Thursday, January 13, 2011

Amid stalemate, let negotiations begin!

Michel Aoun has announced the end of the Syrian-Saudi initiative, with no results. “[W]e’ve reached a dead end,” said the general Monday. But is that true? It’s just possible that we are at the start of a new negotiating phase, this time one in which Hizbullah will have to negotiate in earnest, and in which the Syrians will continue to try playing the party off against Prime Minister Saad Hariri.

A key test to gauge Syrian intentions will be whether Damascus orders its allies in Beirut to pull out of the government and bring it down. At the time of writing this was likely to happen, but the step represents a major risk for Syria’s President Bashar Assad. Hariri and the Saudis remain Syria’s principal tickets back into Lebanon politically, and Assad is not after a divorce with Saudi Arabia’s King Abdullah. Still, the Syrians want Hariri to do more to discredit the Special Tribunal for Lebanon, as the institution might yet point the finger at them.

This leaves Hariri facing one of two situations. If the government falls, he will in all probability be asked to form a new government. The prime minister might refuse, compelling the opposition, with Walid Jumblatt, to form a government of its own, with a pro-Syrian Sunni as prime minister. However, this would be no easy task, as there are few legitimate Sunnis eager to head a government against their own community, its principal aim to shield the assassins of Rafik Hariri. Or, the opposition, aware of this difficulty, will sooner or later see that they can deal only with Saad Hariri, which will force them to enter into talks with him in order to find an agreeable exit for all.

Jumblatt tartly summed up the situation recently by observing, “They say you can make a camel cross the desert, but can you make a camel cross the Atlantic?” The Obama administration refused to do any such thing, and last week Secretary of State Hillary Clinton made it clear to Hariri and his sponsor, King Abdullah, that Beirut should not touch the tribunal. This came after President Barack Obama made a recess appointment that sent a new U.S. ambassador to Damascus, but also after an unidentified American official (the odds-on favorite being the assistant secretary of state for Near East affairs, Jeffrey Feltman) told the Saudi-owned Al-Hayat that any Syrian-Saudi arrangement that undermined the special tribunal would constitute “blackmail.”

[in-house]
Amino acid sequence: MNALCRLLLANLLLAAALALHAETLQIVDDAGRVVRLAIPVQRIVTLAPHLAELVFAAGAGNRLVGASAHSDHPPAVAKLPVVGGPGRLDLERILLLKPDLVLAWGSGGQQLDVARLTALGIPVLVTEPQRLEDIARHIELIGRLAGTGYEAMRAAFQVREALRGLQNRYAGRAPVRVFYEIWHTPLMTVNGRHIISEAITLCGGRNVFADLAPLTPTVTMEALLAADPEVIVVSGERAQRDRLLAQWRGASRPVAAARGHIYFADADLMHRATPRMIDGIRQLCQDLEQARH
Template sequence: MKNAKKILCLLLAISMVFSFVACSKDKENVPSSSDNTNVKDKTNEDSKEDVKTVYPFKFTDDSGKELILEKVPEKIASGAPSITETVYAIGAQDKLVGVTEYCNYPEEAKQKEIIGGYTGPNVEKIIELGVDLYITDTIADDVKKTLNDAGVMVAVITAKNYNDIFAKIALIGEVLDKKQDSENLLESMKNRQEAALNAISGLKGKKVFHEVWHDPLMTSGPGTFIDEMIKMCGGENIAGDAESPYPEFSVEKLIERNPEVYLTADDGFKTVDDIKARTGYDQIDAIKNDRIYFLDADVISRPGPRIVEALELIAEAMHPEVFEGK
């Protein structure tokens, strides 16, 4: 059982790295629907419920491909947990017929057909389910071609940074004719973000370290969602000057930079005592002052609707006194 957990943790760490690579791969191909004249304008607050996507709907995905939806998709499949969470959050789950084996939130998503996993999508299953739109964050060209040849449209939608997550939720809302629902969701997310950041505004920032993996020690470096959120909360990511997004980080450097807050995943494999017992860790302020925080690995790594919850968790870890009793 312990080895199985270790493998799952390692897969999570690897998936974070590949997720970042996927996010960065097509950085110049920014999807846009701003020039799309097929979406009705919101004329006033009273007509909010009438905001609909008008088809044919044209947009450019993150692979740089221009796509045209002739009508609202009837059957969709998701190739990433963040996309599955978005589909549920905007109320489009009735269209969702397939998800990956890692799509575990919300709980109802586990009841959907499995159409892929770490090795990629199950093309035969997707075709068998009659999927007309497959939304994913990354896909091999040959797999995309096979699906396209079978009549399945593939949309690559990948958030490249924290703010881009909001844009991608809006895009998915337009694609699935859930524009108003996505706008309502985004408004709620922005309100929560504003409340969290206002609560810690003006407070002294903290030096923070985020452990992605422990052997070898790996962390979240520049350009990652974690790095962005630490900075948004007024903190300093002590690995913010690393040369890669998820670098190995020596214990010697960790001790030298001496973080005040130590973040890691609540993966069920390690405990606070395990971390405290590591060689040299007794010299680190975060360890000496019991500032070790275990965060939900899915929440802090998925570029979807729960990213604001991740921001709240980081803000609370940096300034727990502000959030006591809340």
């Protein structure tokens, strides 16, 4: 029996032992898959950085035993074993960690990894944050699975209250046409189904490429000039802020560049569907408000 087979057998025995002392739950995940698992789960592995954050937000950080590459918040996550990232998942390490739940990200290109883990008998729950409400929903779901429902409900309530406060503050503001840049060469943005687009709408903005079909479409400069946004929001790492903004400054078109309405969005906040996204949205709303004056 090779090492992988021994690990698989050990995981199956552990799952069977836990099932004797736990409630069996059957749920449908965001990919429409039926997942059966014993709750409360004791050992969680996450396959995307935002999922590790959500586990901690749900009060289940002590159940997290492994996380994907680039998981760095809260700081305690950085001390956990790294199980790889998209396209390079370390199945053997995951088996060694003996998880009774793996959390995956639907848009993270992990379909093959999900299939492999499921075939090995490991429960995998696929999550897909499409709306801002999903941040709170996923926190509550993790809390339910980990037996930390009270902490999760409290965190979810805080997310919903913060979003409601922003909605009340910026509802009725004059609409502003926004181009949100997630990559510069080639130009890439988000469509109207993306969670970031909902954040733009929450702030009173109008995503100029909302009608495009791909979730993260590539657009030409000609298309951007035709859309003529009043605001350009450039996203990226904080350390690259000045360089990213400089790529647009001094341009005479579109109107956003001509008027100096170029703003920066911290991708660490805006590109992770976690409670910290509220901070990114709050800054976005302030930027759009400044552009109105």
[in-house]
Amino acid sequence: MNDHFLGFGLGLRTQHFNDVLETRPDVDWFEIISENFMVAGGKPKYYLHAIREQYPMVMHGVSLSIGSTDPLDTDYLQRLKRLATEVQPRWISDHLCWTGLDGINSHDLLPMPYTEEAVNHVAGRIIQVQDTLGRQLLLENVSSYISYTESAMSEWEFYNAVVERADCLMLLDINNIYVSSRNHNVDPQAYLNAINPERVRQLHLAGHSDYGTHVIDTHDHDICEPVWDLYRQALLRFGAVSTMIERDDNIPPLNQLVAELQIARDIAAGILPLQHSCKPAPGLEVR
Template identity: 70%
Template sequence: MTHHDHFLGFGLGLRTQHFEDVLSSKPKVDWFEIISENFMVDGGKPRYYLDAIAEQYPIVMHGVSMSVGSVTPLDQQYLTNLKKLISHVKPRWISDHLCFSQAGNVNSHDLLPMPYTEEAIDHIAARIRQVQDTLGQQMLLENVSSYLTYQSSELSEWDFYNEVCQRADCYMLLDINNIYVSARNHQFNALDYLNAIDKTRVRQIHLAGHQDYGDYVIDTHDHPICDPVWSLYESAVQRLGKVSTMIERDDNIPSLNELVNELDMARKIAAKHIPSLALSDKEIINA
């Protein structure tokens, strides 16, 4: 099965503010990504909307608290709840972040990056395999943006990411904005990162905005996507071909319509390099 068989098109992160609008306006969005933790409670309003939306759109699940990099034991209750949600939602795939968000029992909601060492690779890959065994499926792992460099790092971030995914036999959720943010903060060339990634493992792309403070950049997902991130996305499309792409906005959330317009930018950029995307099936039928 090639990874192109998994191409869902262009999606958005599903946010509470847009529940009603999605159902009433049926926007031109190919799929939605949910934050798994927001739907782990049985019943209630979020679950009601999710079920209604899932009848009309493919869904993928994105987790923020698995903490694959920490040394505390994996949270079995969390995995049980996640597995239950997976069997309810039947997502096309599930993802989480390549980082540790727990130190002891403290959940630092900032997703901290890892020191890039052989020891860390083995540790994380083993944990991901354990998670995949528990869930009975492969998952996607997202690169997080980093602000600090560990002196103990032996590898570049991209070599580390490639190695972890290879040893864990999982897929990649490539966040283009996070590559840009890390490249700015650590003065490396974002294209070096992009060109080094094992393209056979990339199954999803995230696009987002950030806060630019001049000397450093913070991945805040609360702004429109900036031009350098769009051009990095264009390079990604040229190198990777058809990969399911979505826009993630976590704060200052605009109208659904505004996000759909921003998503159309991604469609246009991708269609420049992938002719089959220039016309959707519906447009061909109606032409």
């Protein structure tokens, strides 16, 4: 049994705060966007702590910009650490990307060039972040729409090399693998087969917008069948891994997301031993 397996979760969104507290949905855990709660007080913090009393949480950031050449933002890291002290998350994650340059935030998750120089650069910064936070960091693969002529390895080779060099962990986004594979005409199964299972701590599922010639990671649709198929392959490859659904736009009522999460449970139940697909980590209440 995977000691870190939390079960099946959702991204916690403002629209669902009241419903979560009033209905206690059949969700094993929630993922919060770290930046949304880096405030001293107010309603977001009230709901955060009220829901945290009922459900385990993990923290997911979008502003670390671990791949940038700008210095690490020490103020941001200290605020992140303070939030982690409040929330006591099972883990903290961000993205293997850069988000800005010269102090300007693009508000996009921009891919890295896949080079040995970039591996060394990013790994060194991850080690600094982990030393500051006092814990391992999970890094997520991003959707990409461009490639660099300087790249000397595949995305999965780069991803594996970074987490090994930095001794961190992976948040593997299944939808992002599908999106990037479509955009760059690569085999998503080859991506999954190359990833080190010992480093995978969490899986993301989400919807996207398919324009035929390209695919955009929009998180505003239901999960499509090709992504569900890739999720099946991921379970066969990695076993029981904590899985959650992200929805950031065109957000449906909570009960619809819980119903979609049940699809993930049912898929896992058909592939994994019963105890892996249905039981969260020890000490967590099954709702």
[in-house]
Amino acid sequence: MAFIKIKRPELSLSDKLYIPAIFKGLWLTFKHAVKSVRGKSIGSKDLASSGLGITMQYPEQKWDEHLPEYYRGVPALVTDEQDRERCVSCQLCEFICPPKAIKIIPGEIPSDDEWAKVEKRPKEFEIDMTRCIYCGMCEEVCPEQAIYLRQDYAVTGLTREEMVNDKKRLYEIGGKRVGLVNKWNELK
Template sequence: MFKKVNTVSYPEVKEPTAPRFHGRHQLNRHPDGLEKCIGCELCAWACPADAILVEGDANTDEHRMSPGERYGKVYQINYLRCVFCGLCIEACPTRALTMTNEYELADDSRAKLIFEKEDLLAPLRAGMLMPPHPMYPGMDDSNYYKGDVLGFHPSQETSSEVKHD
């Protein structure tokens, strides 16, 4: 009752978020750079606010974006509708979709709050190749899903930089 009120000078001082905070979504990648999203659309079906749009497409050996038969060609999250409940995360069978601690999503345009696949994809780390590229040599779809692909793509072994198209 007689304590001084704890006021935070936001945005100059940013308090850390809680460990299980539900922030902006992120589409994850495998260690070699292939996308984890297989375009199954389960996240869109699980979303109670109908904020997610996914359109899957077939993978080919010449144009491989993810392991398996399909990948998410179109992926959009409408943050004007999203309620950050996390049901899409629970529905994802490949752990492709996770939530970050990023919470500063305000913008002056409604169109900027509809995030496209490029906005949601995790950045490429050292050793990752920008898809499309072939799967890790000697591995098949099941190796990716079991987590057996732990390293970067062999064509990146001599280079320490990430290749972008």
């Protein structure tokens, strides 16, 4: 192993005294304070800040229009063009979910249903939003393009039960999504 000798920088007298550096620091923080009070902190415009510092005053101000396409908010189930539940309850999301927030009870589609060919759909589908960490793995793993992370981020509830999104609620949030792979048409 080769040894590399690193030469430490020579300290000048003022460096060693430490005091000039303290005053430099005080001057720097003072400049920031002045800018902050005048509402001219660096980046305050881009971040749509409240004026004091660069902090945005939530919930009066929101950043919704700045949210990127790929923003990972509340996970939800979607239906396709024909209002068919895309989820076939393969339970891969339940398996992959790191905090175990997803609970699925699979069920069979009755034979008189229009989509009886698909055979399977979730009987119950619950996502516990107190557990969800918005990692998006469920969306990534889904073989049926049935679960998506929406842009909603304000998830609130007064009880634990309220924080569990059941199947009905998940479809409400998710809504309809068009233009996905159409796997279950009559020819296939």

After the Clinton-Hariri meeting in New York, the Saudis suddenly reversed course, and “sources” were telling Al-Hayat that the Syrian-Saudi dialogue was, in fact, a Hariri-Syrian dialogue. That sounded the death knell for the Syrian-Saudi exchanges, but one thing should be kept in mind: The Obama administration never opposed, as such, the Abdullah-Assad discussions over Lebanon, nor was it particularly hostile to the Saudis’ idea of giving Damascus power in Beirut in exchange for containing Iran and Hizbullah. The Americans may not have had high hopes for the scheme, but they did not obstruct it.

That doesn’t diminish the fact that Assad is smarting from the American derailing of Syrian-Saudi talks. This obliged him to instruct his friends in Beirut to tighten the screws on Hariri. But how far will the Syrian president go, and how far can he go? Assad does not want to be blamed by Washington and Paris for whatever goes wrong in Lebanon, and he grasps that any confrontation between the Lebanese might only reinforce Hizbullah, and more importantly Iran, at Syria’s expense. Hariri’s neutralization would deny Syria a strong card in reimposing its writ in Lebanon. A Hariri politically defeated effectively means a Syria fully dependent on Hizbullah to protect its Lebanese stakes, a situation that Assad doesn’t relish.

What is Hariri hoping for? If he is given the choice of heading a government in which he is much weakened, he would probably not accept to become prime minister. Ideally, he would like to bargain with Hizbullah, but will only surrender something substantial on the tribunal if the party does the same elsewhere. And what might Hariri demand? Complete disarmament is surely out of the question. But maybe not some form of disarmament in the heart of Beirut; and the appointment of Hariri loyalists to senior security posts. Anything less, Hariri must feel, would only disgrace him in Sunni eyes.

Neither Hizbullah nor Syria is pleased with what is going on. For the party, all the contentious means of crippling the tribunal have grave shortcomings. A serious political or security escalation would only harden discord at a moment when Hizbullah’s primary goal is to show that Lebanon is united in its rejection of the special tribunal. As for Assad, if he pushes too hard, he may lose for good the Lebanese Sunni card, which he has worked for years to regain. Hariri alone can issue Hizbullah with a certificate of innocence, and if the prime minister decides to sit the coming period out of office, it is difficult to see how any opposition-led government would function properly.

There are rarely dead ends in Lebanon, and Michel Aoun’s pessimism betrayed a more profound realization: that the first stage of Hizbullah’s strategy, based on intimidation, had failed. Things now become very complicated for everyone. Only negotiations between Hariri and Hizbullah are likely to result in a resolution, nothing else.

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